JIVE CAPE TOWN FUNNY FESTIVAL
VENUE: Baxter Theatre
UNTIL: June 22
AFTER 10 years of tinkering this particular Funny Festival has pretty much become critic-proof.
Capetonians love a good laugh, and we love the nostalgia of a good laugh even more. So the Funny Fest has settled into a pattern: home-grown comedians plus odd, but strangely funny variety acts from foreign climes, with an overseas comedian chucked in for good measure. It works, it warms us up and we love nothing more than to be buoyed by sharing a laugh with people who think as we do…
Shaleen Surtie-Richards makes for a fun hostess with the mostest. Sweeping along the stage in a magnificent red ball gown, she delivers Gatiepie jokes in rapid fire just as assuredly as she lets you in on the secret that growing old is not for sissies. While she cannot quite keep to Eddy Cassar’s admonition to steer away from the profanities, she lets them slip in Afrikaans.
The easy way she segues mid-sentence between Afrikaans and English will befuddle non-Capetonians who do not understand both languages, but as she points out, some jokes just do not translate.
In the highlight of the (press night) evening, Nik Rabinowitz once again demonstrated his quicksilver linguistic abilities too. Not only does he deliver in multiple languages with spot-on accents, but he goes there… oh yes, he does… he tells Oscar jokes.
A long time ago, Rabinowitz was the one who originally made that soccer commentator in various languages’ jokes. So, when (Laugh Master competition winner) Stuart Kearns puts his own Pietermaritzburg spin on it, it is an funny homage to Rabinowitz from a newbie comedian who shows promise. He stayed calm, delivering his patter at a measured pace.
When Schalk Bezuidenhout desperately tries to riff off Rabinowitz’s jokes (freely admitting to doing so), it just comes off as naff and shrill though.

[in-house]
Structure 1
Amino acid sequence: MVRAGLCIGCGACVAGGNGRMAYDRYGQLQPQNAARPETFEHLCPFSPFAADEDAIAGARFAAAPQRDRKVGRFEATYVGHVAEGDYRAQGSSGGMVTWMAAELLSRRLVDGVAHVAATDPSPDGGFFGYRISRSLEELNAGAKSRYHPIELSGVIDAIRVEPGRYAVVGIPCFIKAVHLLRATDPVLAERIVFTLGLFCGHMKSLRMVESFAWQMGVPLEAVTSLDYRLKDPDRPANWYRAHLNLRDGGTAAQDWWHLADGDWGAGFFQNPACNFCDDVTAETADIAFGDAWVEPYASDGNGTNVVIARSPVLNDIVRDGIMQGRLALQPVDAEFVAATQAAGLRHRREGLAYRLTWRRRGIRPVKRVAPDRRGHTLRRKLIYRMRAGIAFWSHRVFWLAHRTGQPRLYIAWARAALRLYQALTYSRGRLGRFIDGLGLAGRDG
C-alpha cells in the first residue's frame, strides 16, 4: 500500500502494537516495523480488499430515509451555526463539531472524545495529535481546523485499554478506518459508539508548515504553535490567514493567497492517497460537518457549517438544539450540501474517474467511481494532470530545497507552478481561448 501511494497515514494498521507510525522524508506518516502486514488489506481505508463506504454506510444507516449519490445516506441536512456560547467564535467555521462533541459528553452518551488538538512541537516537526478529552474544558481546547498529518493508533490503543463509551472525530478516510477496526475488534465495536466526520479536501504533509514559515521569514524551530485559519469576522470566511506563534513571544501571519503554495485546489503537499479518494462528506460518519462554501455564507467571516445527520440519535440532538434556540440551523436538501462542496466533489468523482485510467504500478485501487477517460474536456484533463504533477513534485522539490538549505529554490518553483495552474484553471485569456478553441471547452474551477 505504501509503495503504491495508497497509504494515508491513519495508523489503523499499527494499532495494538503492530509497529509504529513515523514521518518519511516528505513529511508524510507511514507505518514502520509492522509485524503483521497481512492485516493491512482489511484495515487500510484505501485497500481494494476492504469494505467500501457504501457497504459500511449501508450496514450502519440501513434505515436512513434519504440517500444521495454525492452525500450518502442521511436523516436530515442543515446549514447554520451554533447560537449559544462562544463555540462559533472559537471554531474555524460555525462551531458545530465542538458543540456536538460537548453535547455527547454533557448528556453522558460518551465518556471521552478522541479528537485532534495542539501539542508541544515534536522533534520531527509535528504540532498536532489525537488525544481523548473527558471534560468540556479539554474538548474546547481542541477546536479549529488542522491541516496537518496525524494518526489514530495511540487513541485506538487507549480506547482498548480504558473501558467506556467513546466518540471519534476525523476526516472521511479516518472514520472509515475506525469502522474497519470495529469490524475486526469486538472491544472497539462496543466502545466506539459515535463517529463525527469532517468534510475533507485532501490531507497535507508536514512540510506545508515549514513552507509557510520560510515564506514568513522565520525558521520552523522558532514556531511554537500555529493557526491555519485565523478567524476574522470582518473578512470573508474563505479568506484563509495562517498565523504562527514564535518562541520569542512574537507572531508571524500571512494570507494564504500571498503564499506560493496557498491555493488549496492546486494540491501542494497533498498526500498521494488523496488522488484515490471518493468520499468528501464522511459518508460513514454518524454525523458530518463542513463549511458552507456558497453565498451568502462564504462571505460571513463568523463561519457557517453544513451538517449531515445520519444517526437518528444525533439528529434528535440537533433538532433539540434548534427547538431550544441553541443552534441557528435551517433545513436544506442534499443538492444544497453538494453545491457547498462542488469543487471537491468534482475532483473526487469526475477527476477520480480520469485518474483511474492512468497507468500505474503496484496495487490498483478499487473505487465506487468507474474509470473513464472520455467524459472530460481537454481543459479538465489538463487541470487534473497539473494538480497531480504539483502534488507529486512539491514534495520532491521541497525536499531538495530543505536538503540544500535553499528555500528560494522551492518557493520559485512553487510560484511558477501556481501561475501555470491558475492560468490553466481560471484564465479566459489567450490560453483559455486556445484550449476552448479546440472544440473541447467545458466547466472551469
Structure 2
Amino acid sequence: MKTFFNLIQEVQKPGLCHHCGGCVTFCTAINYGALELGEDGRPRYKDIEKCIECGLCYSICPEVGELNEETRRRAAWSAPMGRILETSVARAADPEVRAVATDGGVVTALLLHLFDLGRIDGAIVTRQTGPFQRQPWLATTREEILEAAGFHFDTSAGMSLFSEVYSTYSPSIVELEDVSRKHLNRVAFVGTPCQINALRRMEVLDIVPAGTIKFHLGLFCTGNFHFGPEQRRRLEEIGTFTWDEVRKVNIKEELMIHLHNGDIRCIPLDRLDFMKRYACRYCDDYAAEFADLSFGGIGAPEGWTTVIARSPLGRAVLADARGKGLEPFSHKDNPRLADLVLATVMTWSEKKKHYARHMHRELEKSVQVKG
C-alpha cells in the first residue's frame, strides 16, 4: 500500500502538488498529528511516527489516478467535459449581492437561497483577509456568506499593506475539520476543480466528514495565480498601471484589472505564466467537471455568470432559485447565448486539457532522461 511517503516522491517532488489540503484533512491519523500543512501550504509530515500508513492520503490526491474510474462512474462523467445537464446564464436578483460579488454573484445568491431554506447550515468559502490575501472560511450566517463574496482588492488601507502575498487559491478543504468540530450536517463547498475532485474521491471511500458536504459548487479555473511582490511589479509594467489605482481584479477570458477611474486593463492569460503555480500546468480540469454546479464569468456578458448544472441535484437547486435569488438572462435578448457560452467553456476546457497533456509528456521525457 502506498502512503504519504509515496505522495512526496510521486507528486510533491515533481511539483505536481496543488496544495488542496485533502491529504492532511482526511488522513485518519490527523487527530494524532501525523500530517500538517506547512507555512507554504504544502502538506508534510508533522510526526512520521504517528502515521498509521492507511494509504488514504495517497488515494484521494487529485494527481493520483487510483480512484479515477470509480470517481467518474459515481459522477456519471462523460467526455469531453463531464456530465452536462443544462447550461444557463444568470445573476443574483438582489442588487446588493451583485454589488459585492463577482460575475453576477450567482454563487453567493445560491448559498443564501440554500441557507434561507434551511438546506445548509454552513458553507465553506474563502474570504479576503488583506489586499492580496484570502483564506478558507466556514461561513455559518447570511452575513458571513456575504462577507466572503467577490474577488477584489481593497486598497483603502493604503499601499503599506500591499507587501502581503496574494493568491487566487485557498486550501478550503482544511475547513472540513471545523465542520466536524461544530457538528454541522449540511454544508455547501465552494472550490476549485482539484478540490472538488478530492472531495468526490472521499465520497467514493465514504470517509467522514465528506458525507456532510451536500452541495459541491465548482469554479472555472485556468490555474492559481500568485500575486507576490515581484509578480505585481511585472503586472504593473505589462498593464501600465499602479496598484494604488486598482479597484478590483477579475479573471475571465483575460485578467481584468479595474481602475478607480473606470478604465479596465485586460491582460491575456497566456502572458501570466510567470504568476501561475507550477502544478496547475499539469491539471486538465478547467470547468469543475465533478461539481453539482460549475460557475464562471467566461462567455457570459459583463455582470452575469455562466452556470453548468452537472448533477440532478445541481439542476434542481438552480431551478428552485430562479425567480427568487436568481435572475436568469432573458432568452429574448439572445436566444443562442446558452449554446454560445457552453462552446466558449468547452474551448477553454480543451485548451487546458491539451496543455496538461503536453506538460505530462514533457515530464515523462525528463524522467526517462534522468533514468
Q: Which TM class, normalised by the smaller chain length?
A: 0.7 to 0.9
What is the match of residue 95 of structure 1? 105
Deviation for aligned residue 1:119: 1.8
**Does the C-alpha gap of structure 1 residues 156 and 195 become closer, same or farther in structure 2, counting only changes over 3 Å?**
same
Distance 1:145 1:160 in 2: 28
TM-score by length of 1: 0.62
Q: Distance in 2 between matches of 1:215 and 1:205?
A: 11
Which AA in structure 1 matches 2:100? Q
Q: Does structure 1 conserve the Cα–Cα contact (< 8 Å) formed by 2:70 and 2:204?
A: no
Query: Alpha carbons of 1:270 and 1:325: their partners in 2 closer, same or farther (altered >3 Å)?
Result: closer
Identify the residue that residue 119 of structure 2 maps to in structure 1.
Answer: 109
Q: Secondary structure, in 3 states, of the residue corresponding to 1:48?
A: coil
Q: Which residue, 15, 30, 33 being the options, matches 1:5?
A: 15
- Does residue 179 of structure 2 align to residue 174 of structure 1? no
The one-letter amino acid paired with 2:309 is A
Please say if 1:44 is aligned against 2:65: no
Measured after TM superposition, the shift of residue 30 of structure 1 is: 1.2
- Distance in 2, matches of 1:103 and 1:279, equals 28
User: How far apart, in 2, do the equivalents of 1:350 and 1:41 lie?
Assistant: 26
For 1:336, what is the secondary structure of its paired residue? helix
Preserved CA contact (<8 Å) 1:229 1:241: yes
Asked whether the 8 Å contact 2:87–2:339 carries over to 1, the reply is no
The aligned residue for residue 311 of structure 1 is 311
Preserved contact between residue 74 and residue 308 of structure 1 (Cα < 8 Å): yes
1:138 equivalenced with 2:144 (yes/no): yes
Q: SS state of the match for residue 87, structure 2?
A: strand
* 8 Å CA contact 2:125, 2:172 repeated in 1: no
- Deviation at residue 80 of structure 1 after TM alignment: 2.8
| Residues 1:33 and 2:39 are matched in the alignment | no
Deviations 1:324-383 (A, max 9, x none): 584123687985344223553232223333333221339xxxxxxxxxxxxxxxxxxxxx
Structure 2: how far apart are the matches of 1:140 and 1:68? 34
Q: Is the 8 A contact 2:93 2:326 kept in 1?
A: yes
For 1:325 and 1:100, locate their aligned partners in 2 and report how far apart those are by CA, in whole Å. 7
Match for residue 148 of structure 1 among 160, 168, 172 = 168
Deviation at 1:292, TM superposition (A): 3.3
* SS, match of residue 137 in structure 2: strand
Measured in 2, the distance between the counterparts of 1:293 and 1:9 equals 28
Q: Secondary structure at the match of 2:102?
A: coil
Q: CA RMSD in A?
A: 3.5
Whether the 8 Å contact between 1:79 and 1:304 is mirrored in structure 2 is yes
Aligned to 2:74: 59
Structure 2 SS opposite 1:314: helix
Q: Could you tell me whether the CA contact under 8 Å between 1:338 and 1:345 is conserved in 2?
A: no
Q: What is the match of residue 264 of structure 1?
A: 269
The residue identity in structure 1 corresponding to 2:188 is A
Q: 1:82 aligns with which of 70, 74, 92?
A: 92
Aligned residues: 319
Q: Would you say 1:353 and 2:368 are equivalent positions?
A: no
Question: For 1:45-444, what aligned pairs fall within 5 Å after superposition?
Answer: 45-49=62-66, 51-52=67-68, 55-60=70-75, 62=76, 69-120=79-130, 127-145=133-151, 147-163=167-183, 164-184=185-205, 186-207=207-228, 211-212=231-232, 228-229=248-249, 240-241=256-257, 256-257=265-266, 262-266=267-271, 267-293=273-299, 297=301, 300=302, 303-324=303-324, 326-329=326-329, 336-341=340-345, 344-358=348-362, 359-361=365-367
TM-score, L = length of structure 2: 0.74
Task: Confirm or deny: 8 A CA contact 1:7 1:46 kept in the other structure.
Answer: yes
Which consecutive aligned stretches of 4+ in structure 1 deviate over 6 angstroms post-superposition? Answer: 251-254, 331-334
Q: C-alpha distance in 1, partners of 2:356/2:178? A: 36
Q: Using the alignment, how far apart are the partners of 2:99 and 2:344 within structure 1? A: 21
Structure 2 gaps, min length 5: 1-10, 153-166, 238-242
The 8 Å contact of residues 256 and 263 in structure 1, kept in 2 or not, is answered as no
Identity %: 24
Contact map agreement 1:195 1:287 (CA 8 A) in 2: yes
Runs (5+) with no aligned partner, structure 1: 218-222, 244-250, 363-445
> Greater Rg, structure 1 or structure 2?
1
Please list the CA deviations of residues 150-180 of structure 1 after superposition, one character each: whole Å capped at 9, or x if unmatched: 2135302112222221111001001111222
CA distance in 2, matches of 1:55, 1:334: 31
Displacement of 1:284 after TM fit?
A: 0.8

Australian comedienne Felicity Ward also struggled to hit the sweet spot, frantically skipping from topic to topic in an effort to connect with the audience. The best part of her appearance was when Surtie-Richards started teasing her in Afrikaans.
Yosuke Ideka opened proceedings with a very sweet little performance that blends mime with graphic art. His timing is impeccable and it is a cute way to get going, not outlasting his welcome.
Carl Wastie popped up just before the show and after the interval, but he didn’t add much to the proceedings other than giving away some nice prizes.
Audience participation is crucial to whether anyone likes Wastie’s insert, as well as to Mario Queen of the Circus’s (Clarke McFarlane) act. He chose his victims well, and the audience warmed up to his juggling, even when he dropped the ball a couple of times (to be fair, he seems well able, so this probably won’t be a problem every night).
Pickpocket Christian Lindemann picked on Africa Melane on press night, but beware anyone seated in the first few rows – you know the score by now, you are fair game.
• Coming up as headliners will be the always popular UK musical comedian Kev Orkian (June 16 to 22), Riaad Moosa (June 9 to 14) and Trevor Noah (June 16 to 22).